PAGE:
Electric vans are being spotted in more and more inner cities – most of them in the bright distinctive colours of the postal service, delivering letters, parcels and packages. Yet truly heavy loads are soon to be transported electrically, too: BPW is supplying the drive axle technology for a research project at RWTH Aachen aimed at helping the electric lorry achieve their breakthrough. A first vehicle based on the Isuzu N series has now been presented in Aachen. It can carry a gross vehicle weight of 7.5 tons – but where you’d otherwise hear the sound of diesel chugging, there’s nothing but silence.
In a game of Top Trumps for cars, you wouldn’t want commercial vehicles in your hand: in this sector, speed, number of cylinders and cubic capacity are trumped by other characteristics. The critical factors for commercial vehicles are usable load and costs – calculated over the vehicle’s entire lifespan. It is these specific parameters which are being addressed by a research project in Aachen: in collaboration with BPW Bergische Achsen and partners Isuzu Motors Germany, StreetScooter and the RWTH Aachen machine tool lab, the ‘Chair of Production Engineering of E-Mobility Components’ (PEM) at RWTH Aachen is now presenting an electric lorry with a gross vehicle weight of 7.5 tons. The project is funded by Germany’s Federal Ministry for the Environment, Nature Conservation and Nuclear Safety through the ‘Renewable Mobility’ programme. A modular design is aimed at speeding up development and production and reducing life cycle costs.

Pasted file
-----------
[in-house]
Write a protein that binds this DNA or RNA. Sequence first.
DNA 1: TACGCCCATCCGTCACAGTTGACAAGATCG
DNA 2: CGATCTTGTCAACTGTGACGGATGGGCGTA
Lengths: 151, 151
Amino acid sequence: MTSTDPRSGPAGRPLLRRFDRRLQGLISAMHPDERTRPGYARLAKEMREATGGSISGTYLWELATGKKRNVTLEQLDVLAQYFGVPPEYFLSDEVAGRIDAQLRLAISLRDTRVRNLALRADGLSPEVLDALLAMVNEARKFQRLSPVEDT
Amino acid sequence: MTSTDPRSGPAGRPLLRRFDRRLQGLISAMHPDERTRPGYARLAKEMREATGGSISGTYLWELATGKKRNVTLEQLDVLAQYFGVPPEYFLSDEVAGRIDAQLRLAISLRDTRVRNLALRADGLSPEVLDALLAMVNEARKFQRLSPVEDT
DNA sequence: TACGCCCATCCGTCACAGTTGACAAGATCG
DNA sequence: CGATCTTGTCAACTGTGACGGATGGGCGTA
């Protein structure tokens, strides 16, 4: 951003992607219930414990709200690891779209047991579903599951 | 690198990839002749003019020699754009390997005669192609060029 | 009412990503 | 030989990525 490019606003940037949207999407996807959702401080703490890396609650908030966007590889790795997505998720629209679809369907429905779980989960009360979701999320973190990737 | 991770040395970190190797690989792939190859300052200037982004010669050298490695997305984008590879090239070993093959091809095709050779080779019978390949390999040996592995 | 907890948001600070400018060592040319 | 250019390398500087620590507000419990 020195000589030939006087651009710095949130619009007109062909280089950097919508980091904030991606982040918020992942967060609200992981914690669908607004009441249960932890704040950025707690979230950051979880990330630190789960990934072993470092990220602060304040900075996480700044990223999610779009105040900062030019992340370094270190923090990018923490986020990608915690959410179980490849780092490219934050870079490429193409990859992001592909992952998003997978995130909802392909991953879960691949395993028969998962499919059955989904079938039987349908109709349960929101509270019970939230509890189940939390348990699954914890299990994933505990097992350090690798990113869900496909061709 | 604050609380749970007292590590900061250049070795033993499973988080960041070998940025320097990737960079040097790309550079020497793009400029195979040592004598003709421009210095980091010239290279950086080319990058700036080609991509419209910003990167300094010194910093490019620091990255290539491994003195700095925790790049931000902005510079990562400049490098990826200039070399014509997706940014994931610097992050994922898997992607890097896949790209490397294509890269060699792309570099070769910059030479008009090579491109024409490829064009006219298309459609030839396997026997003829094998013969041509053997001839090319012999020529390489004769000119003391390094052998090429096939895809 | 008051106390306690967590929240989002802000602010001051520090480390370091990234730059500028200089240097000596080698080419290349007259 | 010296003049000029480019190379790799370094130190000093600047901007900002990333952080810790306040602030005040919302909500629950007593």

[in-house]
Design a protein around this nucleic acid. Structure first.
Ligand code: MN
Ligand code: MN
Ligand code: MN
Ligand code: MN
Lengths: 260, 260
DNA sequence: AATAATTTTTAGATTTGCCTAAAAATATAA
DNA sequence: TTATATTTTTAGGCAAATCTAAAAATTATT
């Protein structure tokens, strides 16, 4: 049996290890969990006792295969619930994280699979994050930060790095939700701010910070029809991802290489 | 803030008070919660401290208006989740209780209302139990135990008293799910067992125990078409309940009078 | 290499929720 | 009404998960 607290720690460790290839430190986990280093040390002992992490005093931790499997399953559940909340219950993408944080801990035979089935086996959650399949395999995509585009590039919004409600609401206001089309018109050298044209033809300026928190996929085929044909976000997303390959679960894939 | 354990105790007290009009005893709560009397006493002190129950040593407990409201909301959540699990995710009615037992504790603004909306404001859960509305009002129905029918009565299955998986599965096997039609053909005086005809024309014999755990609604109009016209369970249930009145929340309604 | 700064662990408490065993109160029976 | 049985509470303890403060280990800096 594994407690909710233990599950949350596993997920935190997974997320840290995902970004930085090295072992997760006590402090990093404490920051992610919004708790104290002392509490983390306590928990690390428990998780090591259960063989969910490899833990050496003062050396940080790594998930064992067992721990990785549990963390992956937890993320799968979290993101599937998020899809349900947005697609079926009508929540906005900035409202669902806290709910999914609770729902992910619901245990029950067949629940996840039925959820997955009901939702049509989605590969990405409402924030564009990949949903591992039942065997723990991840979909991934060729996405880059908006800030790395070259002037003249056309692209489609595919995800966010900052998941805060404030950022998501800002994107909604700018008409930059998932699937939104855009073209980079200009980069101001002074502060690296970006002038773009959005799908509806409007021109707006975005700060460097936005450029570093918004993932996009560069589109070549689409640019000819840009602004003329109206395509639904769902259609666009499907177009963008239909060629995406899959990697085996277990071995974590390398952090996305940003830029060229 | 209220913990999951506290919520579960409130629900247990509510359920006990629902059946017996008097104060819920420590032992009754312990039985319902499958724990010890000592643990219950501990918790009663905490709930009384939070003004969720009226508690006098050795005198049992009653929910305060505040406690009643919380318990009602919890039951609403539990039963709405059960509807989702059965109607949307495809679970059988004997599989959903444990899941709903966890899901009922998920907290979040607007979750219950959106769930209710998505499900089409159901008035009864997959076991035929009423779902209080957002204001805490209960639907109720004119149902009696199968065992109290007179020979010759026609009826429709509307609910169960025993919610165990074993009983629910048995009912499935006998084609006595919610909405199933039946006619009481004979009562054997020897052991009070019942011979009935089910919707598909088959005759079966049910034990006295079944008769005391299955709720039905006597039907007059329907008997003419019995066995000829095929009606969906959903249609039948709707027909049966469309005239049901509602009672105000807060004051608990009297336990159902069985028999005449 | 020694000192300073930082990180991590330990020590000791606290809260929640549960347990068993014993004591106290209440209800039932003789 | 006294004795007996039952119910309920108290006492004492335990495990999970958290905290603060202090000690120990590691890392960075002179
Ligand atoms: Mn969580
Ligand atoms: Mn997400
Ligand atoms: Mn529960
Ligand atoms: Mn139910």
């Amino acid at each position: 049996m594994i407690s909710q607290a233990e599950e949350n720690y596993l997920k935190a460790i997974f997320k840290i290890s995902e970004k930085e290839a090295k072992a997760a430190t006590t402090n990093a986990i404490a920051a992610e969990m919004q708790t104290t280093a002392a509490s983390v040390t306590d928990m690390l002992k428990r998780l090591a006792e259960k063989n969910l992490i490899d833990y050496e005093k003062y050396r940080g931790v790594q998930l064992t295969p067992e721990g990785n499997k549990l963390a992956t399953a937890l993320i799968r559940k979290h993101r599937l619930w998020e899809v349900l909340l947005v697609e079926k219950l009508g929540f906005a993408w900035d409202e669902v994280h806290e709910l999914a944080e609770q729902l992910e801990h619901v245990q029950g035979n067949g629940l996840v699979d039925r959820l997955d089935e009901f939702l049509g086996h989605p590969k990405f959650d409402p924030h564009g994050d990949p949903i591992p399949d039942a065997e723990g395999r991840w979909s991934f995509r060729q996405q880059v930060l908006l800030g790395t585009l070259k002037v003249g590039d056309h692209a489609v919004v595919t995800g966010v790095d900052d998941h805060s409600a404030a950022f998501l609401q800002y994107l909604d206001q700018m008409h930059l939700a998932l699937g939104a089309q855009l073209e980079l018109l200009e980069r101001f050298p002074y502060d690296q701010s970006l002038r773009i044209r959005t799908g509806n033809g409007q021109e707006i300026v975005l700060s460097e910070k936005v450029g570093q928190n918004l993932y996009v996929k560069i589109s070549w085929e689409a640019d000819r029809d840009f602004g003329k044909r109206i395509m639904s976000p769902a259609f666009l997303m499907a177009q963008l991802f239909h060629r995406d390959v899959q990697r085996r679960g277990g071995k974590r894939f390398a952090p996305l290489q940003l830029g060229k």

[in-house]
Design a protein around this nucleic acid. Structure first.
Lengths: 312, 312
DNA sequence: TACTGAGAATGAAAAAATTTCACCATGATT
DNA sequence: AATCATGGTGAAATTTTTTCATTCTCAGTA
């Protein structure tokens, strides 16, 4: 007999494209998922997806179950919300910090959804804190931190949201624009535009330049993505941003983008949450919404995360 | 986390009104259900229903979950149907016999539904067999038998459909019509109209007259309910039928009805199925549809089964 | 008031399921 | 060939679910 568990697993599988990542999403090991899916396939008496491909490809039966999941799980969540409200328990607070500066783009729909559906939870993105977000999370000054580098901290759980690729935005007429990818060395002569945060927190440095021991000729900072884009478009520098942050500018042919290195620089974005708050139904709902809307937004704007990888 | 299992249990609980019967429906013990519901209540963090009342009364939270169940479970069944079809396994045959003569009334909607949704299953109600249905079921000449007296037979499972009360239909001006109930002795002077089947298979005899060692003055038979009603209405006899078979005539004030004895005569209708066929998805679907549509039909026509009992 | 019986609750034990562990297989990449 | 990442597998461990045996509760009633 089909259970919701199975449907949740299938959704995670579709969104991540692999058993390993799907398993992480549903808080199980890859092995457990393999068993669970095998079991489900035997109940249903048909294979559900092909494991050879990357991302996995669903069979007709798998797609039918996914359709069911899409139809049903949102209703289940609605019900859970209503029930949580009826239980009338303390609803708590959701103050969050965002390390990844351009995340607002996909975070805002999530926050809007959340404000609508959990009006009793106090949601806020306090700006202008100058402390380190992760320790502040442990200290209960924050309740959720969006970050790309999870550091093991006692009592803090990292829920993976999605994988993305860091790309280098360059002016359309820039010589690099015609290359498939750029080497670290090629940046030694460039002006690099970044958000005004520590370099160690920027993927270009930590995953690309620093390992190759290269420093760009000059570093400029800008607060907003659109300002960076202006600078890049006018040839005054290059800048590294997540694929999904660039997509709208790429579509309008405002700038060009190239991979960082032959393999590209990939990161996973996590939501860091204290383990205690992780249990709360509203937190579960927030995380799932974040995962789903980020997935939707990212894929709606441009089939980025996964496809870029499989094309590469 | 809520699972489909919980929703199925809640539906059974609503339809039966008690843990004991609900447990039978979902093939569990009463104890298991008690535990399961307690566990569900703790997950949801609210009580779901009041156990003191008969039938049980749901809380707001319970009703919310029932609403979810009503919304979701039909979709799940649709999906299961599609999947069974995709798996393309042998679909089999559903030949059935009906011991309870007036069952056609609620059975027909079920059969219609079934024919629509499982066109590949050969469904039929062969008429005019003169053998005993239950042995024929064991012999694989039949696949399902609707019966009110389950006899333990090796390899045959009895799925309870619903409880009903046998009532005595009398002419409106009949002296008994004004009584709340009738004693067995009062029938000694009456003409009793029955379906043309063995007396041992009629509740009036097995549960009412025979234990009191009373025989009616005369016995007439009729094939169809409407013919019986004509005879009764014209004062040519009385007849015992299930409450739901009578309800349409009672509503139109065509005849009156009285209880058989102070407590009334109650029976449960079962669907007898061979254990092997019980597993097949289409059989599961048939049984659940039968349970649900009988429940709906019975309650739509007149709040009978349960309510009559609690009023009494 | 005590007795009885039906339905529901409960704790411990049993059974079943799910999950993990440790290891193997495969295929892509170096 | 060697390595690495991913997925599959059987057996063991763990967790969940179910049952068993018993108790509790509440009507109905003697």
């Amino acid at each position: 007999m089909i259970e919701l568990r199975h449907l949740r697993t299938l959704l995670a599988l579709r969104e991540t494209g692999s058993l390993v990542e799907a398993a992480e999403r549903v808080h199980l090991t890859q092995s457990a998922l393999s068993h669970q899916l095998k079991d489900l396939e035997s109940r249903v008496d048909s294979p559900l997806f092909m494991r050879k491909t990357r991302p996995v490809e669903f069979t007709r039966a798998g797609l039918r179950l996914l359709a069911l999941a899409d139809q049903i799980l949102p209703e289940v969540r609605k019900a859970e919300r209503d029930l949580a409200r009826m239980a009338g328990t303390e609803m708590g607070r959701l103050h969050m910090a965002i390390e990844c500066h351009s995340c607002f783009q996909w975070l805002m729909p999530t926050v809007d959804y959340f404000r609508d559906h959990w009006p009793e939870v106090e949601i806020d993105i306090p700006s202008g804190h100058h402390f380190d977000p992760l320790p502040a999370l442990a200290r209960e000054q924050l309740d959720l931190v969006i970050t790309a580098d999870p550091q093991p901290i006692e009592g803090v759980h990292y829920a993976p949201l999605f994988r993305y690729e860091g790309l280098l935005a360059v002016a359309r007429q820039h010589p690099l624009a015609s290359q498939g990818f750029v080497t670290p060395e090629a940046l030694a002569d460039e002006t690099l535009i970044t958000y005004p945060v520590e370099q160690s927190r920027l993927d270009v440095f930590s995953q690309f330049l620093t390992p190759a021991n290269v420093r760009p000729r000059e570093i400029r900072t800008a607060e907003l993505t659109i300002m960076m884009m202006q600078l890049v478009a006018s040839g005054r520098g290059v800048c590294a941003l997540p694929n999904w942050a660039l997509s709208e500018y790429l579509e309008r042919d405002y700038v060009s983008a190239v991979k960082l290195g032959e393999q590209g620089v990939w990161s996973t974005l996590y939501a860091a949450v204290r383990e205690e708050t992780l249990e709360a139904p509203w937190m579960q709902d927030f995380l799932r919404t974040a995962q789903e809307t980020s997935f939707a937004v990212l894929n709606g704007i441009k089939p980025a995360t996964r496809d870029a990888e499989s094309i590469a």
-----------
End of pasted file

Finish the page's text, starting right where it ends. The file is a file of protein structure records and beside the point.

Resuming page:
From the outside, there’s nothing to distinguish the vehicle from the Isuzu N production model. What’s different? The 140 kW (or 190 hp) diesel engine is missing. Instead, the drive system is hidden in the rear axle. It is supplied by BPW from Wiehl, North Rhine-Westphalia, a leading technology company in the commercial vehicle industry. With 6,500 newton metres of torque, the compact electric drive axle ‘eTransport’ sets a gross vehicle weight of 7.5 tons in motion. The compact design of the electric drive axle allows completely new vehicle concepts to be realized, as the project is intended to demonstrate.
The BPW drive system is currently undergoing pre-production tests and should first appear in commercially available vehicles in early 2019. The company Paul Nutzfahrzeuge is using it to convert special municipal vehicles from diesel engines to electric drives. This is worth the effort, since there is as yet no mass-produced chassis on the market robust enough for heavy transport tasks and associated refitting and conversion. At the same time, BPW is already working on a drive axle with 22,000 newton metres of torque for vehicles with a gross weight of up to 26 tons.
The vehicle dubbed ‘LiVe1’ (an acronym for: ‘life cycle cost reduction in electric distribution vehicles with individually adaptable powertrains’) was unveiled at the ‘prototype factory’ on the RWTH Aachen campus.
‘We are excited to be contributing to this future-forward project as a supplier,’ says Hans Werner Kopplow, head of e-mobility development at BPW in Wiehl. ‘The opportunity to work with leading companies on the emissions-free lorry of the future in Aachen’s unique research and development environment is an extremely inspiring one. This kind of partnership is helping emissions-free electric inner-city transport in Europe make a breakthrough.’
First battery-powered commercial vehicle with a total weight of 7.5 t in the “LiVe” research project at the PEM of RWTH Aachen University